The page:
Follow @AirMedicalNet on Twitter

Accreditation for Air Ambulances

HEMS Medical helicopter

Welcome to the fifth installment in our Air Medical Resource series about the Air Ambulance. This resource attempts to compile some basic information surrounding accreditation for air medical services. The information and links below may be of use to both patients and operators of air ambulance programs desiring to become accredited alike.

Air Ambulance Accreditation

On a national level, accreditation for US air ambulance services is technically voluntary. Some states, however, require that air medical transportation services be accredited through CAMTS (or a state equivalent) in order to operate.

To attain “fully accredited” status, air ambulance companies must volunteer for (and pass) a rigorous review of all areas of their service. This thorough process includes site inspections, reviews of manuals and files, personnel interviews, and examinations of many different criteria. The majority of air ambulance services in the United States do not have full CAMTS accreditation.

What is CAMTS?


CAMTS (Commission on Accreditation of Medical Transport Systems) is a collective of non-profit organizations that audits and accredits air medical transport services in the US, as well as services in other countries who choose to voluntarily undergo review.

CAMTS established a set of specific criteria that are used to judge whether an air ambulance program is worthy of gaining accredited status. These criteria are refered to as the Accreditation Standards. These standards treat “patient care and safety of the transport environment” as the most important priorities for air medical services.

How Does an Air Ambulance Become Accredited?

To be accredited, an air ambulance service needs to be in “substantial compliance” with the Accreditation Standards. defines this as:

A medical transport system demonstrates overall quality of service consistent with the essential elements of Accreditation Standards and the professional judgement of the Board. The service demonstrates a steady balance in all dynamic components which comprise their specific program.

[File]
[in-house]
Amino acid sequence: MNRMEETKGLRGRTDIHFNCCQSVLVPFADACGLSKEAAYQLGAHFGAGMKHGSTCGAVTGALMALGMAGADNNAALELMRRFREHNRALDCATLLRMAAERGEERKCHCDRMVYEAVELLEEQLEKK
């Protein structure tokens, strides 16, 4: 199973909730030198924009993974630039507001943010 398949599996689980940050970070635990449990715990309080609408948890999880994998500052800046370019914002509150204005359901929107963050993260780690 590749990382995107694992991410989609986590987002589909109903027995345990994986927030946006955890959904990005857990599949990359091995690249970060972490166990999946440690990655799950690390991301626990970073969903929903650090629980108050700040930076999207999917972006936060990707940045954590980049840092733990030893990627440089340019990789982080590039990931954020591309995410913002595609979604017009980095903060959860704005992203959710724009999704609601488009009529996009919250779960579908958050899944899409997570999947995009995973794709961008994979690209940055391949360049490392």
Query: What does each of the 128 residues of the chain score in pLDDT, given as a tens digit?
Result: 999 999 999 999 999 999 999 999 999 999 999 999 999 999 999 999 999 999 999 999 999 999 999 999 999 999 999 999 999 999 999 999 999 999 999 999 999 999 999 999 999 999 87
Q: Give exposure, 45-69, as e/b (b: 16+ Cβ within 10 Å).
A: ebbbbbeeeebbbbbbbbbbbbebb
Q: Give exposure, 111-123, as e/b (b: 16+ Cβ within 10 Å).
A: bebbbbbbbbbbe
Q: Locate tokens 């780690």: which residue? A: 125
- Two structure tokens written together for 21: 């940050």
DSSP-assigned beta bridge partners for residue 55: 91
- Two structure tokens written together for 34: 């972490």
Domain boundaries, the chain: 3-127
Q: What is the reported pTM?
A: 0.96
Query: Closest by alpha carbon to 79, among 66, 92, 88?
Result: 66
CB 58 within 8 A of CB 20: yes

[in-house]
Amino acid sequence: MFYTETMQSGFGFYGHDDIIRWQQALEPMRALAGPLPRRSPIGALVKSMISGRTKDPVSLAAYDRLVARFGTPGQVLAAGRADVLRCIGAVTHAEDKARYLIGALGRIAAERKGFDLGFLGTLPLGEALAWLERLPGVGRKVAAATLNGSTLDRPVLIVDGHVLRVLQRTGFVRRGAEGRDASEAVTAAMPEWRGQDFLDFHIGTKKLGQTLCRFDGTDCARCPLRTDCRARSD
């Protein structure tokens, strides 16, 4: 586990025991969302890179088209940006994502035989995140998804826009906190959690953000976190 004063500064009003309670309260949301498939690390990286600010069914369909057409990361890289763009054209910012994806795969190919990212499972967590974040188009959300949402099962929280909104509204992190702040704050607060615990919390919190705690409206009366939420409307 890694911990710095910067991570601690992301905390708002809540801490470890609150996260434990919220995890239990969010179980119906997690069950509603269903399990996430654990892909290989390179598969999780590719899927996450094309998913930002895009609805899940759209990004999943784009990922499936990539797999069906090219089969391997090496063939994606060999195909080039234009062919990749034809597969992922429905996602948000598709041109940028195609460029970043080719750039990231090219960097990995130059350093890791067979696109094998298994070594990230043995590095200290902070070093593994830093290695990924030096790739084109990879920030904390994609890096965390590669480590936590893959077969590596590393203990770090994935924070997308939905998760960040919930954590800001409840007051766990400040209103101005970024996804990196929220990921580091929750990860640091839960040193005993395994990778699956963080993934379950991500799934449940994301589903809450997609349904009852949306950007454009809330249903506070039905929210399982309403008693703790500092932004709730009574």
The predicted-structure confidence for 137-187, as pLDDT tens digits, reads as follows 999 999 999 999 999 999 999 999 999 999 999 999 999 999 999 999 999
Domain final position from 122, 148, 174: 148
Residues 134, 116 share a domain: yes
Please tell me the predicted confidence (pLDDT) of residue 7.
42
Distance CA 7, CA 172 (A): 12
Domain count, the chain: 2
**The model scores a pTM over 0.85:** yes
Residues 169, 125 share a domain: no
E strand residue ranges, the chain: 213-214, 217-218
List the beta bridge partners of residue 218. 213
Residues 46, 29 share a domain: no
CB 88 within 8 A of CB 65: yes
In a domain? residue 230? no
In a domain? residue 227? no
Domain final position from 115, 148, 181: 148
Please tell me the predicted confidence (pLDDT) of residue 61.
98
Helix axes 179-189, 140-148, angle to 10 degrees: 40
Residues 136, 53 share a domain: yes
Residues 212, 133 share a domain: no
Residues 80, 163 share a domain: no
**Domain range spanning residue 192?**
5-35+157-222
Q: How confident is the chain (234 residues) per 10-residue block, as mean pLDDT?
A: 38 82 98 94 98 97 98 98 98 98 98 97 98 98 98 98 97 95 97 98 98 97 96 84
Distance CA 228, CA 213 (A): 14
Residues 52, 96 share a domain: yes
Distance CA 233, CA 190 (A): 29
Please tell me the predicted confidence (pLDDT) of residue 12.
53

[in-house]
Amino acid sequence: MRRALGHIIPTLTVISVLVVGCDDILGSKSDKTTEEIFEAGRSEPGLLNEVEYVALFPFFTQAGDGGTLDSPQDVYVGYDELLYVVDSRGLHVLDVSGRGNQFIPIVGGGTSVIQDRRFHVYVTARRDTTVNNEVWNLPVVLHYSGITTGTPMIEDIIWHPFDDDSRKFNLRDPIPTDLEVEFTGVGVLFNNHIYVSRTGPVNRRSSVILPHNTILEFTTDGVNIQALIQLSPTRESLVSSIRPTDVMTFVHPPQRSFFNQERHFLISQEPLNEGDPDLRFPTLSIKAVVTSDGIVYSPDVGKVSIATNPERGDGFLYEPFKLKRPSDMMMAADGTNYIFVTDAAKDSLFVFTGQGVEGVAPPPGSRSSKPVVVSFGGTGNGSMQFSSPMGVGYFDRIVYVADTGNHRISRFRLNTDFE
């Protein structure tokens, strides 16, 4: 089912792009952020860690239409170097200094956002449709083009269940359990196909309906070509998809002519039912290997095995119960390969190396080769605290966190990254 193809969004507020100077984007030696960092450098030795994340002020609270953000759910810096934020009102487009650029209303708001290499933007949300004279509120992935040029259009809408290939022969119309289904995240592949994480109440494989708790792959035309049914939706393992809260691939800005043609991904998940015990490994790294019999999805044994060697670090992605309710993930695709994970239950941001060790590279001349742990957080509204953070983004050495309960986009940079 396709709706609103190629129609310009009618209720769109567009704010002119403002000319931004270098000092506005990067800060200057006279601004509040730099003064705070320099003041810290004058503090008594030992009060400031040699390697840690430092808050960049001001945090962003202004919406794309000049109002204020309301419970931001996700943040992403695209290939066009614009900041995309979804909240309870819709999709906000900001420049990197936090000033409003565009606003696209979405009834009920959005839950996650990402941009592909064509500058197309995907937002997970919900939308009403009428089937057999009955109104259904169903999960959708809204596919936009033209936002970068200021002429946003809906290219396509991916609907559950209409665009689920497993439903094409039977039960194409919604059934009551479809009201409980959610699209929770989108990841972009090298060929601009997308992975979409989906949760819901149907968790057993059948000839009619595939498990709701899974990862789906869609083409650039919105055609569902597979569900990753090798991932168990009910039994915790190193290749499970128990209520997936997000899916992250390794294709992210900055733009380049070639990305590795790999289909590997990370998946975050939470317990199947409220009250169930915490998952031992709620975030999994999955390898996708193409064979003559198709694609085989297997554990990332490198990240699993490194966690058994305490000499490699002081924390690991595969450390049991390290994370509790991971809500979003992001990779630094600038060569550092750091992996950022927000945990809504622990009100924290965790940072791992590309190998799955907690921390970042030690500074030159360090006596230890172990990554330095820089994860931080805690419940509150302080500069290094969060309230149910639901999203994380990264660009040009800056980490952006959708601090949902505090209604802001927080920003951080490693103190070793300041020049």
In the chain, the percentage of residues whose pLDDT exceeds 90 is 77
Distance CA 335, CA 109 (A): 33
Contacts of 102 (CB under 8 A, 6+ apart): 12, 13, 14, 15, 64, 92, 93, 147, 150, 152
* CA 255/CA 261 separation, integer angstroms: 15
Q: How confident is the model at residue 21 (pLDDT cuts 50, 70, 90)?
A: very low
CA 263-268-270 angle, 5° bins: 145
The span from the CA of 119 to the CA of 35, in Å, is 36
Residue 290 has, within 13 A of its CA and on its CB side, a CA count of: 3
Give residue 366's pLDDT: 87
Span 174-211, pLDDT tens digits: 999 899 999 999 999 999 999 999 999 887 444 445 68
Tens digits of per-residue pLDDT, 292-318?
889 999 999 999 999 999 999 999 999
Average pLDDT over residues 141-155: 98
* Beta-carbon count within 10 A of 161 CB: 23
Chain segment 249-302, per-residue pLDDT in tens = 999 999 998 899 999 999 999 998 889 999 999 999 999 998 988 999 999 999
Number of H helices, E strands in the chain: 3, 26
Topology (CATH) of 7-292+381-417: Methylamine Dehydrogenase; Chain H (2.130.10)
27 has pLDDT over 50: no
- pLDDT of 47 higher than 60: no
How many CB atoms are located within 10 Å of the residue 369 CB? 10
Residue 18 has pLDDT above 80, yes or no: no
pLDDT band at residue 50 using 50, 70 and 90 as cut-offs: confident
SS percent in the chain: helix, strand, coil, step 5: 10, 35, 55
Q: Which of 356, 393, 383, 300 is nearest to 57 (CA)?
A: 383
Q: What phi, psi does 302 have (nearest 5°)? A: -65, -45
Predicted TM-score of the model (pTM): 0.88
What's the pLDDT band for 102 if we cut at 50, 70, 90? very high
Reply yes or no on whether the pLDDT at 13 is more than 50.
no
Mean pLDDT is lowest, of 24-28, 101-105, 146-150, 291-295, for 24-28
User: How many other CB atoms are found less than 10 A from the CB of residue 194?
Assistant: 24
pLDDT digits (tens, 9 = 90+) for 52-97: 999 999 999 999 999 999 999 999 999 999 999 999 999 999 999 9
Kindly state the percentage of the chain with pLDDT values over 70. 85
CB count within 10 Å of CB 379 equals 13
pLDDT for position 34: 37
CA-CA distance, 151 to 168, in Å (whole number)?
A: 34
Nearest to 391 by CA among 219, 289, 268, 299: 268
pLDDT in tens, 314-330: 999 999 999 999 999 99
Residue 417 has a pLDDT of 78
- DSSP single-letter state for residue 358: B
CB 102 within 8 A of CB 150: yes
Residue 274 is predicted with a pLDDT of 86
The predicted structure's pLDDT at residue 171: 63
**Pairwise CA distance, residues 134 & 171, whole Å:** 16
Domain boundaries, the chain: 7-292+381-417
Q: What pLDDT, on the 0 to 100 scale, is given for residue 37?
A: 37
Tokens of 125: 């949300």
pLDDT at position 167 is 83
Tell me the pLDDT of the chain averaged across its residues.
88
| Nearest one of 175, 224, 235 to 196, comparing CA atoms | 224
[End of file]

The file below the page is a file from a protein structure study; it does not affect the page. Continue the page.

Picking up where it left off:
Some states in the U.S. have adopted the CAMTS Accreditation Standards for their own licensing standards. At the time of this writing, this list (may not be complete) includes air ambulance services in:

  • Arizona
  • Colorado
  • Michigan
  • Missouri
  • New Jersey
  • New Mexico
  • Oklahoma
  • Rhode Island
  • Texas
  • Utah
  • Virginia
  • Washington

According to the CAMTS website, there are 149 accredited services as of July 20, 2012.

Benefits of Accreditation

Full accreditation is a badge of quality for air ambulance services, indicating that the service meets the highest standards of an air medical transport service. Assurance of this level of service quality is first of benefit to the patients who utilize air ambulance services. But there are clear benefits for the services themselves as well.

Though the review process takes some time and costs some money upfront, it can help an air ambulance program to distinguish itself both to and to potential utilizers of air medical services. There can be valuable fringe benefits for air medical programs that become fully accredited as well — for just one example, some insurance companies are more likely to use services that are accredited.

For more information on accreditation for air ambulance services, visit the following link:

Back to Air Medical Net homepage.